Harry Cecil Dutton was born on 14th April 1897 in Hatton and baptised on 10th June that year at the Wesleyan Chapel in Hatton. He was the son of William Dutton (born in Newton-by-Daresbury) and his wife Alice (nee Savage) who was herself born in Hatton.
In 1901 Harry was living with his parents and his siblings Harriet A. (10), Mary E. (8), Eleanor (6), and baby Fred M., in Hatton village. His father was an agricultural labourer.
Ten years later, Harry’s family also had a niece Bessie, who was 3 months old living with them in Hatton. Harry was at school and his father was now a waggoner on a farm.
In 1915 the electoral roll for Hatton showed the family living at Parr’s Cottages. His mother died in the February of that year, aged 56 years. Harry was now a teamsman.
In December 1915 he signed up at Stockton Heath and was mobilized in March 1916, but did not go overseas until the October. He sailed from Southampton to Rouen and was posted as a Private to the 9th Brigade of the Cheshire Regiment. In May 1917 he was admitted to hospital at St. Omer suffering from scabies. Two weeks later was discharged to his unit. In the September he suffered a severe gunshot wound to his left thigh and right buttock. He was admitted to hospital at Abbeville, but then transferred on the “Carisbrooke Castle” to England and to the Western General Hospital in Manchester for treatment, staying for 67 days. He then returned to France and in February 1918 he joined the 15th Battalion of the Cheshire Regiment, as a Private with the service number 49885. (He also had another service number: 4418).
In March 1918 he suffered a severe gunshot wound to his right thigh and was admitted to hospital in Rouen and then to Abbeville Hospital in April. After being discharged in May back to his Base Depot in Rouen and joining “C” Battalion, he went to The Front. He was wounded in action, suffering a gunshot wound to the hand and also mild mustard gas poisoning. The latter caused a cough and shortness of breath. He was admitted to 10 General Hospital in Rouen and in late June he was sent back home aboard the “Matilda” and admitted to the 1st Scottish General Hospital in Aberdeen. Following treatment, he was allowed leave at home in Hatton for the first ten days of July, but then returned in October to France. Harry finally came home in February 1919 and was demobilized in March at Shrewsbury and transferred to the Class Z Army Reserve. He was awarded the British War Medal and the Victory Medal for his war service.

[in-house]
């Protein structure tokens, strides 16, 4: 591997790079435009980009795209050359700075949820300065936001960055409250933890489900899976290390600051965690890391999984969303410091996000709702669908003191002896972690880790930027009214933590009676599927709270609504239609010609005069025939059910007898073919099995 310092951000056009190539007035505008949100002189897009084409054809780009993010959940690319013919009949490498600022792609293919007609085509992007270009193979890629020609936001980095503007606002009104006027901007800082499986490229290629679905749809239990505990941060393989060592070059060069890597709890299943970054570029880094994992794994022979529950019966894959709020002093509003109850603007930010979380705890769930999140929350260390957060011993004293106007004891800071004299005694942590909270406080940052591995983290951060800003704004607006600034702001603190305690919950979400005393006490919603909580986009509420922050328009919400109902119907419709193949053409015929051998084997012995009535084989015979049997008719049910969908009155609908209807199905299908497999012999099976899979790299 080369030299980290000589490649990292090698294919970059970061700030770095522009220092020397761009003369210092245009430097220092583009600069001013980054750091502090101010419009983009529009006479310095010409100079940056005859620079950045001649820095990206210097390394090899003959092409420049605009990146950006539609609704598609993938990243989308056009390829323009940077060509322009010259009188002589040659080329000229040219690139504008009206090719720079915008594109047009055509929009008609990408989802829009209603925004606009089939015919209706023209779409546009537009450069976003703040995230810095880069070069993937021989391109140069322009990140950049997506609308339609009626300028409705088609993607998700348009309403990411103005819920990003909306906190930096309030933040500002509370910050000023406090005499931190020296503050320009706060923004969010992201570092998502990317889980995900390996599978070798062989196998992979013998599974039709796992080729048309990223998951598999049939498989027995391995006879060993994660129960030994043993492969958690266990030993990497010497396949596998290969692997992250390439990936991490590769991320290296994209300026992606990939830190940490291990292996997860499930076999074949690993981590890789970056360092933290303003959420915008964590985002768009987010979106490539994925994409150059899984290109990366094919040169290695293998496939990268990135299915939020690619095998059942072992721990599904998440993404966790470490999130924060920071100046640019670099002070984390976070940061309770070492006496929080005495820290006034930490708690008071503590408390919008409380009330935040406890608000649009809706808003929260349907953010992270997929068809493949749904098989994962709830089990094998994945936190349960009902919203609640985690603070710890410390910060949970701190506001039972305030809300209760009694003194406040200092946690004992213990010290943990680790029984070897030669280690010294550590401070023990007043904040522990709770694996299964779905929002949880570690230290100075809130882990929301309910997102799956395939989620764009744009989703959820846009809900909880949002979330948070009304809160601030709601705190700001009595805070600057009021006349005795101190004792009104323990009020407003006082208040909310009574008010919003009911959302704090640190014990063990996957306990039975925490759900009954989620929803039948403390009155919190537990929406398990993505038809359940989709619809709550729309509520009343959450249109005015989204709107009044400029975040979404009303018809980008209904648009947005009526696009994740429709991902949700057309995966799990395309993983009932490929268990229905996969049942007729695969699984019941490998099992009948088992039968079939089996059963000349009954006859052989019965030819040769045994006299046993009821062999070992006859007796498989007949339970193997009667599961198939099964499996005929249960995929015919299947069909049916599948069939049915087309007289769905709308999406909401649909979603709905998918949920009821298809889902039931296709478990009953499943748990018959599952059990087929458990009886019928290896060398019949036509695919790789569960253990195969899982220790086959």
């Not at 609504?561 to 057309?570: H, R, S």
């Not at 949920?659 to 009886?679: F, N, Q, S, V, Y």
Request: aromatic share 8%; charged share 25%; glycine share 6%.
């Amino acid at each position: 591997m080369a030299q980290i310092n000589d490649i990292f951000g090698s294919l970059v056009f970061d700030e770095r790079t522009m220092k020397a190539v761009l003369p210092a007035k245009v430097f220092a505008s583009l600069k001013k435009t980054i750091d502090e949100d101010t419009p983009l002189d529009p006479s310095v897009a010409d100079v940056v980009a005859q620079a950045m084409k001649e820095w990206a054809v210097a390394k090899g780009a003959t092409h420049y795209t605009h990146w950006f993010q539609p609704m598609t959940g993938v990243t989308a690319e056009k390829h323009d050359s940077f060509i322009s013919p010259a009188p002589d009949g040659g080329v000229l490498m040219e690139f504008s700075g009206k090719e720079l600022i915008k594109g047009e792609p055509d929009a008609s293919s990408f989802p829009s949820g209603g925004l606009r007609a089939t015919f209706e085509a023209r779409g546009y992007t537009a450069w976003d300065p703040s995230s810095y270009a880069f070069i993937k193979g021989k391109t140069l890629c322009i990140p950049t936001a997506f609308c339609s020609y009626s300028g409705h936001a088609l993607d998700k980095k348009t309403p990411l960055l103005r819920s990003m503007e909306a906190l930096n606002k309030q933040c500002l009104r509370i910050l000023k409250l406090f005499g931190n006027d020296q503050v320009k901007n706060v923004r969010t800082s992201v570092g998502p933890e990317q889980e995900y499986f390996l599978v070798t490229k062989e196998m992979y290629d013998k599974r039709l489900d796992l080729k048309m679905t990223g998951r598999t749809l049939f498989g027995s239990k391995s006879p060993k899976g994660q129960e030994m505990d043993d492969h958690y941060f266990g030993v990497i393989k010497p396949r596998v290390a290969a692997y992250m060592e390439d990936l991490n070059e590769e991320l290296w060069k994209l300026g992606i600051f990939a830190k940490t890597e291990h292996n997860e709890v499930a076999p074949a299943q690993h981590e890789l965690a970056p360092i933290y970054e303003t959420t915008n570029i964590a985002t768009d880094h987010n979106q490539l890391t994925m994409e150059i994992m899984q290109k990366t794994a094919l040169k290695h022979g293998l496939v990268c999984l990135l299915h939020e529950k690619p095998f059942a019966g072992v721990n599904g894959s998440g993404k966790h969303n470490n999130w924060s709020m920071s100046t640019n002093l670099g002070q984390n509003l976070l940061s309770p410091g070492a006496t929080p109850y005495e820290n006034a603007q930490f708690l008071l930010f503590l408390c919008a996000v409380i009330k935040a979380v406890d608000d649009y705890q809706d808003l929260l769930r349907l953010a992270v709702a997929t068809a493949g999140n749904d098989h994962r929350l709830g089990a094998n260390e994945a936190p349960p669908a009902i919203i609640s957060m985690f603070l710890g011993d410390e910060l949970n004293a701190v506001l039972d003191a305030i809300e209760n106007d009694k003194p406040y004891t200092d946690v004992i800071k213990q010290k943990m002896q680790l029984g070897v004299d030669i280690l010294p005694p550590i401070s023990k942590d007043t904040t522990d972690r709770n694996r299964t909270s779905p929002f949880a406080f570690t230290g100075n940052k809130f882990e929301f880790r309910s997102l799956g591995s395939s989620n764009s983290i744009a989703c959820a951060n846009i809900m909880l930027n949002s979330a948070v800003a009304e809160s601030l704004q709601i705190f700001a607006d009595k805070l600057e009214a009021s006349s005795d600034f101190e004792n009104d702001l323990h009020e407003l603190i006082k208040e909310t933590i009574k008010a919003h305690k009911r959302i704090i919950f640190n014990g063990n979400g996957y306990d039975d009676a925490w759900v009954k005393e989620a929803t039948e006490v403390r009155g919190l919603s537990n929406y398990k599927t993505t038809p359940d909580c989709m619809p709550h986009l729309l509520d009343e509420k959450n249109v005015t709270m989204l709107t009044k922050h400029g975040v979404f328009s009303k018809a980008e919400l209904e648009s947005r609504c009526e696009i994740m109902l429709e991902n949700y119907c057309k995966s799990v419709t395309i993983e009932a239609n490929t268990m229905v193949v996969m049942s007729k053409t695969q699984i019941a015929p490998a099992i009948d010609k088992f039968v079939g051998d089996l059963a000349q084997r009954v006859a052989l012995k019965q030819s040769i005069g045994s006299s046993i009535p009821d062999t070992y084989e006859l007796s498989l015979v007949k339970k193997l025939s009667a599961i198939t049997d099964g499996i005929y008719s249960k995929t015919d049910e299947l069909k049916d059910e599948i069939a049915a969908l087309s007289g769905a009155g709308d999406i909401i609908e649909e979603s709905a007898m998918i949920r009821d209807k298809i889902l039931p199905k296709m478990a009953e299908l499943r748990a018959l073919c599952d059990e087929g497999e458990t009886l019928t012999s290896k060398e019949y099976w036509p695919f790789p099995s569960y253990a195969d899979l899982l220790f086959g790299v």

He returned to Hatton and went to live with his sister Annie at Greenside Cottage. In early 1921 he married Ellen Warbrick at Warrington. In 1922 they were living at Dainteth Farm, Appleton-with-Hull, but then moved to Warrington. Their daughter Elsie was born in 1927.
The 1939 Register showed the family living at Bissell Street in Warrington, near the hospital. Harry was a general labourer.
Harry Cecil Dutton died in March 1962 at Warrington. He was 64 years of age.